If you want to get an idea of what adolescents think a word sounds like it should mean, go to UrbanDictionary.com. You may get real definitions there, but you will certainly also get various instances where some juvenile has seen the word and decided to make his mark on it like a dog pees on a fire hydrant. The Urban Dictionary definitions for scumble are quite unsurprising:
1. “To unintentionally trip or fall headlong into something disgusting (stumble + scum).” (9 thumbs up)
2. “The words fumble and scramble together … Only happens in football (or Pro Evo) when somebody ‘fumbles’ the ball in the box and when there is a ‘scramble’ for the ball so a scumble is formed” (11 thumbs down)
3. “Scum + crumble. Scumbles are gross (unknown) crumbs of goo. Unlike a cookie crumb, which isn’t disgusting.” (2 up, 14 down)
Now, of course, among adults, one might, on seeing a new word, consider the context and perhaps even look it up. But even then it is true that with a word such as this one, the form of it may remain as a sort of surface layer that is only half-scraped away to reveal the lexicalized sense. The form is, after all, fairly obtrusive.
There are several parts that give the phonaesthetic impression with this word. There’s the sc (/sk/) onset, which may connect to surfaces that can be scraped, or the scraper or the result – skin, skim, scalp, scrape, scale, scalpel, scallop, sculpt – and the tumbling, crumbling, rumbling, rambling /mbl/ ending, with the dullness of the mid-central vowel in the middle. Beyond that, it has the echoes of scum and stumble, as the kids say, plus fumble, scramble, crumble, and assorted others that it somewhat kinda resembles. For me, the scum echo is not as strong as those of humble and stumble and crumble. But your results may vary.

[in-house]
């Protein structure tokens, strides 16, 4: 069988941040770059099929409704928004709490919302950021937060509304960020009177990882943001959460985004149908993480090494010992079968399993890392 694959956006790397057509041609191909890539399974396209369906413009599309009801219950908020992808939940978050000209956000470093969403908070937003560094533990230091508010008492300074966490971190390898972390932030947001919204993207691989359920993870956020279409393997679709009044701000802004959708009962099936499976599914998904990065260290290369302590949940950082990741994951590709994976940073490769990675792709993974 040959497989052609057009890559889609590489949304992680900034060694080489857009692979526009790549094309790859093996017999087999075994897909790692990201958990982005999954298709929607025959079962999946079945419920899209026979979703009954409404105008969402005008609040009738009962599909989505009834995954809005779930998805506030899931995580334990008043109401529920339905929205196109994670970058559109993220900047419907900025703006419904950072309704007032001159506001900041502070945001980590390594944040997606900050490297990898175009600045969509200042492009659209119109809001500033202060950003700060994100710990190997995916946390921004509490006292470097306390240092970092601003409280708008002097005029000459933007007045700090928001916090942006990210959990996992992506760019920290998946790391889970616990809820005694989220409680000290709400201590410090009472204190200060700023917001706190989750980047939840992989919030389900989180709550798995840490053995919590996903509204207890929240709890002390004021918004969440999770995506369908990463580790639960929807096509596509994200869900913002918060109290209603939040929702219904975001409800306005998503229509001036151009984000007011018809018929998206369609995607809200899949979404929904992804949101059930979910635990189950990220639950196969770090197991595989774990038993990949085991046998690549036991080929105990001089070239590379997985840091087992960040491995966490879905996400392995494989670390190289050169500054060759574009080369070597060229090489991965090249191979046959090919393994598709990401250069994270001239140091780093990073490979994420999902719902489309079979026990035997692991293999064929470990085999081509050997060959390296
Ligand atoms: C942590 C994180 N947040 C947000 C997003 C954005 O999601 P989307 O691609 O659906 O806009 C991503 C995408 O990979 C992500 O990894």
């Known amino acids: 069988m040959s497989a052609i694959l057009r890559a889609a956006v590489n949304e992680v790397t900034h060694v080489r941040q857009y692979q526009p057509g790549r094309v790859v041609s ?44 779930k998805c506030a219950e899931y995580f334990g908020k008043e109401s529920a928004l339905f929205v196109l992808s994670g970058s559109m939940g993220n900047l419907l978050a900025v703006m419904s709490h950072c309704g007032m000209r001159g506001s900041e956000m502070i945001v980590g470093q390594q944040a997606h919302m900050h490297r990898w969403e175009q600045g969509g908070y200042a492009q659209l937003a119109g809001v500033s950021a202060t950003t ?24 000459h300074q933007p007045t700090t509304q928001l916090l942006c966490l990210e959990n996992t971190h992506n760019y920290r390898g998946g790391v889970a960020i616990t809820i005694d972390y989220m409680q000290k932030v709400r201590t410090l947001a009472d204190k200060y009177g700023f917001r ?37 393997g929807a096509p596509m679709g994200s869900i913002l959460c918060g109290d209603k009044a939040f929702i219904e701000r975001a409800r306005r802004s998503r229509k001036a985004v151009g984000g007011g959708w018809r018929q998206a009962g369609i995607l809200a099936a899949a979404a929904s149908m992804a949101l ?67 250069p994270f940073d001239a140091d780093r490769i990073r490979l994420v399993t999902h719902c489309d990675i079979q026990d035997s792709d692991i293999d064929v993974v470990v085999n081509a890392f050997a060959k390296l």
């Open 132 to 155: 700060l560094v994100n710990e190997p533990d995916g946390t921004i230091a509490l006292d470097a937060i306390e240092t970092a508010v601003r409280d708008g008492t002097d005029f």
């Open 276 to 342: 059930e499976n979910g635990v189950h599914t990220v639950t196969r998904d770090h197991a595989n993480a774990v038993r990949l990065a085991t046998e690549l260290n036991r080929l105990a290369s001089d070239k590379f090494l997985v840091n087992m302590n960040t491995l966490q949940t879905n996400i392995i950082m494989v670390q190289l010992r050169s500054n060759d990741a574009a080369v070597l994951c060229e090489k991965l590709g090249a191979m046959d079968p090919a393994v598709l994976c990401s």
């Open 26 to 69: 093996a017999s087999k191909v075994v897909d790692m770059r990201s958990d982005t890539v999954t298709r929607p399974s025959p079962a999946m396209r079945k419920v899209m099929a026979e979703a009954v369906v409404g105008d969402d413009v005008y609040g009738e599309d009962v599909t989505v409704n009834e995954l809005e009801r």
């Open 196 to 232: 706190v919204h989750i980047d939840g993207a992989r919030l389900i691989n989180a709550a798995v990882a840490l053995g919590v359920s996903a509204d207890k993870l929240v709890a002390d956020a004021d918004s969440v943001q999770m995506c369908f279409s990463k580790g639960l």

As it happens, scum appears to be the source, along with the frequentative le suffix. Scum (verb) means to skim the scum (noun) off the surface of something. (Scum (noun) has always meant what it means.) But what scumble refers to is a painterly technique whereby a layer of opaque or semi-opaque paint (usually lighter in colour) is scraped or dry-brushed thin over the layer below to create a softening blending effect. (See a demonstration at www.youtube.com/watch?v=mgWn5A8xRyE.)
You’ll often see this word in inflected forms: scumbled or scumbling. You’ll usually see it in literal use. But it has a certain mouthfeel to it, a certain texture of sound, that invites broader, more figurative use in literary fiction as well. A Nabokov might use it, with his feel for the lusciousness of the language: “The summer tan … would scumble, I knew, the liver spots on my temples.” (Look at the Harlequins) Or perhaps Philip Pullman (The Amber Spyglass): “The moon was brilliant, the path a track of scumbled footprints in the snow, the air cutting and cold.” Or, or, or. If you write fiction, the odds are now pretty good you’ll use it sometime, too. It’s a word as delicious as shortbread, and yet with that tangy pong of paint: a gallery opening right there on your page, giving a glow with your story shining shyly through.